Introduction to Web Accessibility
Most of us can hardly conceive of life without the internet. Some have argued that no other single invention has been more revolutionary since Gutenberg's printing press in the 1400s. The world can be “at your fingertips” at the click of a mouse—if you can use a mouse... and see the screen... and hear the audio.
The Web Offers Unprecedented Opportunities
The internet is one of the best things that has ever happened to people with disabilities. Recall the pre-internet days: How could blind people read printed newspapers? They could travel to a library for an audio tape or bulky Braille version, or they could ask someone to read to them at home. This made blind people dependent upon others, but it was all we could do.
Today we can do better. Screen reader software is designed to read online content aloud. Blind people no longer need to rely on others to read to them. They simply open a browser and interact with content independently, on their schedule, and as soon as the content is published.
People with motor disabilities interact with online content using assistive devices that map their abilities to their hardware. Some are simple, like a mouth wand to interact with the keyboard. Others are more sophisticated, such as alternative keyboards, or eye-tracking software that allows people to use a computer with nothing more than eye movements.
People who are deaf or hearing-impaired rely on captions and transcripts of multimedia. Many people with cognitive disabilities also benefit greatly from the structure and flexibility of web content.
Falling Short of the Web's Potential
The web's great potential for people with disabilities remains largely unrealized. For example, some sites can only be navigated using a mouse, and some multimedia is not captioned. What if you can’t use a mouse? What if you can't hear the audio?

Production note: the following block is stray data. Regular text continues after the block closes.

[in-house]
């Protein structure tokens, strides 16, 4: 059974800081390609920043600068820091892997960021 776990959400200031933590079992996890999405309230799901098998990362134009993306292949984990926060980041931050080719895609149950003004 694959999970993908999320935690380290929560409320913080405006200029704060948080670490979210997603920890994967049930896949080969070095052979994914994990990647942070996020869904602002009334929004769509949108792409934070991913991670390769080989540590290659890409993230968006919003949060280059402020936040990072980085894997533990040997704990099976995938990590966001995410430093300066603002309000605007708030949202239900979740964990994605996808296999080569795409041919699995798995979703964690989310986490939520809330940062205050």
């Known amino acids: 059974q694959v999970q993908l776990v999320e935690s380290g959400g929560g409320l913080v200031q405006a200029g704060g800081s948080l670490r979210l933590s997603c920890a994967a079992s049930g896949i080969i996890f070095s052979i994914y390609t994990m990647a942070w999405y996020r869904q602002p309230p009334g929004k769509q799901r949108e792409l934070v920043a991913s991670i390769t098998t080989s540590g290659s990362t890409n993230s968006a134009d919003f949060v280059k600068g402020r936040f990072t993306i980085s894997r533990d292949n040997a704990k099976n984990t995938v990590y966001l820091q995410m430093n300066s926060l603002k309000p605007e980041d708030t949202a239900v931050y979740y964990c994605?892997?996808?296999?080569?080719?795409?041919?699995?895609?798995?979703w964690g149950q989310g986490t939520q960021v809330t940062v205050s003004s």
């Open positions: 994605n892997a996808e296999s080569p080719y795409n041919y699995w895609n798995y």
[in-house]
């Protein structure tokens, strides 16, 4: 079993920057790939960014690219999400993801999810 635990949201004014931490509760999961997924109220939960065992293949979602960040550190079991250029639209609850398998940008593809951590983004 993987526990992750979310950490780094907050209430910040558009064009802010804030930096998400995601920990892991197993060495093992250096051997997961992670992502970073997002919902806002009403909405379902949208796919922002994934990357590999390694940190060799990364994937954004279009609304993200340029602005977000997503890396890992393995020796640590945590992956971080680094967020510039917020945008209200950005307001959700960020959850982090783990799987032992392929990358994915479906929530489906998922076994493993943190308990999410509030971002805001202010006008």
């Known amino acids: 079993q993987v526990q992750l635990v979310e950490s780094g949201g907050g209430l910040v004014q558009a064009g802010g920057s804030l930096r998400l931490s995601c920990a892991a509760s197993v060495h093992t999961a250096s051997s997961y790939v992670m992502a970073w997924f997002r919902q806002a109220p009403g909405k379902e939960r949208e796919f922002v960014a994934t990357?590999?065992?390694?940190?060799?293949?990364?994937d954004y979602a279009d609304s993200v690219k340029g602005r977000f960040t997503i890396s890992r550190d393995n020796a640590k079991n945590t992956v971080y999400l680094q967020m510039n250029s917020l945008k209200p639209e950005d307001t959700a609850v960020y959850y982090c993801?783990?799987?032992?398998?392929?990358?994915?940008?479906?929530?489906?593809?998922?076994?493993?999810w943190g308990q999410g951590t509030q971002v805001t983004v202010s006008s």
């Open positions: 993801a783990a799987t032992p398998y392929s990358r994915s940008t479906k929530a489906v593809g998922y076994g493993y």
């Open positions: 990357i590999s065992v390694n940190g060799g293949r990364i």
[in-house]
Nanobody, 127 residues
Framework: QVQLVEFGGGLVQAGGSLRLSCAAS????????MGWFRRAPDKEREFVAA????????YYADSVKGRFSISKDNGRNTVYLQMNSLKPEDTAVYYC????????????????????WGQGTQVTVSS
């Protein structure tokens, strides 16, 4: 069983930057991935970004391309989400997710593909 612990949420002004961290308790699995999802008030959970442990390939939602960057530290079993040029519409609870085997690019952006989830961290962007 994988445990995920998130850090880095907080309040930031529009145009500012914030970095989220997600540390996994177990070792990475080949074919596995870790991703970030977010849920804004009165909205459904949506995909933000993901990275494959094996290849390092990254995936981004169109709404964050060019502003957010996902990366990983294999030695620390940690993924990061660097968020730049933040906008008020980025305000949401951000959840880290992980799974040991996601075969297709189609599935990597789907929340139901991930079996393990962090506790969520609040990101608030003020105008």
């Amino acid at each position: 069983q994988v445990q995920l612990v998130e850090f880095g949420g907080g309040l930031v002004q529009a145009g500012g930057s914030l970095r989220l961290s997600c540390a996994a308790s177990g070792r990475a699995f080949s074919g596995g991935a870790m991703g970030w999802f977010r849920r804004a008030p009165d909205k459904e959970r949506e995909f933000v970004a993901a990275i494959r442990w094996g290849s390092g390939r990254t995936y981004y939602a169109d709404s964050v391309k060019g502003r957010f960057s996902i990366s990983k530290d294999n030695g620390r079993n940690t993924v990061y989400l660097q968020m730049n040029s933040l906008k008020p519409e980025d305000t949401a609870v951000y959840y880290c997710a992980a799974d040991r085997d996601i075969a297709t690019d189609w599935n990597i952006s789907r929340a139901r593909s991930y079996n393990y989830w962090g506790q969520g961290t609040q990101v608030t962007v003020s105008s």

As soon as we begin asking these types of questions, we begin to see how the internet can create barriers to people with disabilities—harming the internet's potential, frustrating users (customers), and leaving them dependent on others.
However, once we recognize the barriers, we can begin to remove them.
People with Disabilities on the Web
One in four adults in the United States has a disability. Although not all disabilities impact internet use, businesses would be unwise to purposely exclude 25, 15, or even five percent of their potential customers. In education and government, in many cases it is illegal discrimination.
- Visual Blindness, low vision, color‑blindness.
- Auditory Deafness and hard-of-hearing.
- Motor Inability to use a mouse, slow response time, limited fine motor control.
- Cognitive Learning disabilities, distractibility, inability to remember or focus on large amounts of information.
Each category requires deliberate strategy in content design. Often, these strategies promote overall usability, beyond people with disabilities. Everyone benefits from helpful illustrations, logically-organized content and intuitive navigation. Similarly, while users with disabilities need captions and transcripts, they can be helpful to anyone who uses multimedia in silent or noisy environments.
Implementing Web Accessibility
Before anyone can make their website accessible, they must understand accessibility, be committed to ensuring accessibility, learn how to implement accessibility, and understand their legal obligations.
Commitment and accountability
Awareness. The foundation of any commitment to accessibility is awareness of the barriers. Few developers oppose the broad concept of inclusive design; many simply do not perceive the barriers faced by users with disabilities.
Leadership. If organizational leadership demonstrates a commitment to web accessibility, chances are high that the organization's web content will be accessible. Developers will make content accessible if they feel that the effort is expected, recognized and rewarded.
Policies and Procedures. When the idea of accessibility is backed by policies and procedures, it becomes part of the daily routine. The best approach for a large organization is to implement an internal accessibility policy.
Training and technical support
Website stakeholders often ask what must be "added" to a website to make it accessible. In practice, accessible code structures are typically more lightweight and efficient.
Although accessible development may initially add time and expense to a project, the benefits of providing access to a larger population almost always outweigh the time required by a knowledgeable developer to implement that accessibility.